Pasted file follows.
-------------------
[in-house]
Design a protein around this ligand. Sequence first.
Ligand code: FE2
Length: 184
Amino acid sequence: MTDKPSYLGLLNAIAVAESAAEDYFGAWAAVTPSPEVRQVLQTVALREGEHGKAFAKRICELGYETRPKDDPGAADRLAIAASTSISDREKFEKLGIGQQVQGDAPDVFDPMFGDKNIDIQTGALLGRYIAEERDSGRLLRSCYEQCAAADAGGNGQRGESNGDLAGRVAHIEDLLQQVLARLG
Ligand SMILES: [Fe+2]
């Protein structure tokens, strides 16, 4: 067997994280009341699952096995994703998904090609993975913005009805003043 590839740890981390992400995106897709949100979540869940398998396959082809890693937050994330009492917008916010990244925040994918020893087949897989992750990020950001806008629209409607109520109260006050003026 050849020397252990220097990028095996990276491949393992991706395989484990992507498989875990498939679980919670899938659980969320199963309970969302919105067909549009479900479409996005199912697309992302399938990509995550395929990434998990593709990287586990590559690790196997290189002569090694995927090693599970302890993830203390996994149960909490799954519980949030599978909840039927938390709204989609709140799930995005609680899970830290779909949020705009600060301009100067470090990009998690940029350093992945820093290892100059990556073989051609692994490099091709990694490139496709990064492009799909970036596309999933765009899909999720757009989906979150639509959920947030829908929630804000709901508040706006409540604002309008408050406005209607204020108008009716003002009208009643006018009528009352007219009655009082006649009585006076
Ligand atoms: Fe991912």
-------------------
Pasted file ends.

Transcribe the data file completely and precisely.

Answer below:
[in-house]
Design a protein around this ligand. Sequence first.
Ligand code: FE2
Length: 184
Amino acid sequence: MTDKPSYLGLLNAIAVAESAAEDYFGAWAAVTPSPEVRQVLQTVALREGEHGKAFAKRICELGYETRPKDDPGAADRLAIAASTSISDREKFEKLGIGQQVQGDAPDVFDPMFGDKNIDIQTGALLGRYIAEERDSGRLLRSCYEQCAAADAGGNGQRGESNGDLAGRVAHIEDLLQQVLARLG
Ligand SMILES: [Fe+2]
């Protein structure tokens, strides 16, 4: 067997994280009341699952096995994703998904090609993975913005009805003043 590839740890981390992400995106897709949100979540869940398998396959082809890693937050994330009492917008916010990244925040994918020893087949897989992750990020950001806008629209409607109520109260006050003026 050849020397252990220097990028095996990276491949393992991706395989484990992507498989875990498939679980919670899938659980969320199963309970969302919105067909549009479900479409996005199912697309992302399938990509995550395929990434998990593709990287586990590559690790196997290189002569090694995927090693599970302890993830203390996994149960909490799954519980949030599978909840039927938390709204989609709140799930995005609680899970830290779909949020705009600060301009100067470090990009998690940029350093992945820093290892100059990556073989051609692994490099091709990694490139496709990064492009799909970036596309999933765009899909999720757009989906979150639509959920947030829908929630804000709901508040706006409540604002309008408050406005209607204020108008009716003002009208009643006018009528009352007219009655009082006649009585006076
Ligand atoms: Fe991912």